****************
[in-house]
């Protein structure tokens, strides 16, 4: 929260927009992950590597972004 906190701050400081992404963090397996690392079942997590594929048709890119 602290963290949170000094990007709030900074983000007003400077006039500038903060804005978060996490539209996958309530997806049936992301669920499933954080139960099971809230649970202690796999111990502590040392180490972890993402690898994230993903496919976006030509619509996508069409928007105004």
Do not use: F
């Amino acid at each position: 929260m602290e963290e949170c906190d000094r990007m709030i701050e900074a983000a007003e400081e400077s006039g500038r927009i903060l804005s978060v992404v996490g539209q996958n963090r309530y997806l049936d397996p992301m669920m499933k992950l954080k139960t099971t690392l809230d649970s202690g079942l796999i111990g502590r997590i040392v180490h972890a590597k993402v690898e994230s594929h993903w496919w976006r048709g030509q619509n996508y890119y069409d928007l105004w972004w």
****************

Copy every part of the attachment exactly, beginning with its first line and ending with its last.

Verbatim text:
[in-house]
């Protein structure tokens, strides 16, 4: 929260927009992950590597972004 906190701050400081992404963090397996690392079942997590594929048709890119 602290963290949170000094990007709030900074983000007003400077006039500038903060804005978060996490539209996958309530997806049936992301669920499933954080139960099971809230649970202690796999111990502590040392180490972890993402690898994230993903496919976006030509619509996508069409928007105004």
Do not use: F
């Amino acid at each position: 929260m602290e963290e949170c906190d000094r990007m709030i701050e900074a983000a007003e400081e400077s006039g500038r927009i903060l804005s978060v992404v996490g539209q996958n963090r309530y997806l049936d397996p992301m669920m499933k992950l954080k139960t099971t690392l809230d649970s202690g079942l796999i111990g502590r997590i040392v180490h972890a590597k993402v690898e994230s594929h993903w496919w976006r048709g030509q619509n996508y890119y069409d928007l105004w972004w």